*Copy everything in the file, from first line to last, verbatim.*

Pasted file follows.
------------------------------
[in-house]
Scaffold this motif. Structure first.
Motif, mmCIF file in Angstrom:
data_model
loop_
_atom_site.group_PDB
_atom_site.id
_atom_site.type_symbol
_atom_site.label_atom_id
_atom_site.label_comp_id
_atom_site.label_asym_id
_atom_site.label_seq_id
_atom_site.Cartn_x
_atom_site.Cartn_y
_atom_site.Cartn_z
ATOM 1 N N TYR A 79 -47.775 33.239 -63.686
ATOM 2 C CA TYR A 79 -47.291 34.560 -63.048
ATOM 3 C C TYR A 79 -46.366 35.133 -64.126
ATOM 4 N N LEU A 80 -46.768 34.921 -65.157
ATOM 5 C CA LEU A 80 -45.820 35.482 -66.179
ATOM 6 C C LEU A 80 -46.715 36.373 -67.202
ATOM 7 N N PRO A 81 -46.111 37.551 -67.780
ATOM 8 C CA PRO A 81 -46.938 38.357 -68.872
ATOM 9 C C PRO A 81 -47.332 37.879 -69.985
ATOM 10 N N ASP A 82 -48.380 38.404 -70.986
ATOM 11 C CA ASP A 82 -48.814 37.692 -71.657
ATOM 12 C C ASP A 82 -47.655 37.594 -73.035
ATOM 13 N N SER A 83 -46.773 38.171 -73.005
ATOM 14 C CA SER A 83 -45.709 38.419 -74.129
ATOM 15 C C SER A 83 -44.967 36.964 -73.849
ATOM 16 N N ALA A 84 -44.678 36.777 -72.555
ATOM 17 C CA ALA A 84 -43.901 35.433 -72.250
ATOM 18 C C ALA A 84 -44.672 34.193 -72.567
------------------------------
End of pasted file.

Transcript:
[in-house]
Scaffold this motif. Structure first.
Motif, mmCIF file in Angstrom:
data_model
loop_
_atom_site.group_PDB
_atom_site.id
_atom_site.type_symbol
_atom_site.label_atom_id
_atom_site.label_comp_id
_atom_site.label_asym_id
_atom_site.label_seq_id
_atom_site.Cartn_x
_atom_site.Cartn_y
_atom_site.Cartn_z
ATOM 1 N N TYR A 79 -47.775 33.239 -63.686
ATOM 2 C CA TYR A 79 -47.291 34.560 -63.048
ATOM 3 C C TYR A 79 -46.366 35.133 -64.126
ATOM 4 N N LEU A 80 -46.768 34.921 -65.157
ATOM 5 C CA LEU A 80 -45.820 35.482 -66.179
ATOM 6 C C LEU A 80 -46.715 36.373 -67.202
ATOM 7 N N PRO A 81 -46.111 37.551 -67.780
ATOM 8 C CA PRO A 81 -46.938 38.357 -68.872
ATOM 9 C C PRO A 81 -47.332 37.879 -69.985
ATOM 10 N N ASP A 82 -48.380 38.404 -70.986
ATOM 11 C CA ASP A 82 -48.814 37.692 -71.657
ATOM 12 C C ASP A 82 -47.655 37.594 -73.035
ATOM 13 N N SER A 83 -46.773 38.171 -73.005
ATOM 14 C CA SER A 83 -45.709 38.419 -74.129
ATOM 15 C C SER A 83 -44.967 36.964 -73.849
ATOM 16 N N ALA A 84 -44.678 36.777 -72.555
ATOM 17 C CA ALA A 84 -43.901 35.433 -72.250
ATOM 18 C C ALA A 84 -44.672 34.193 -72.567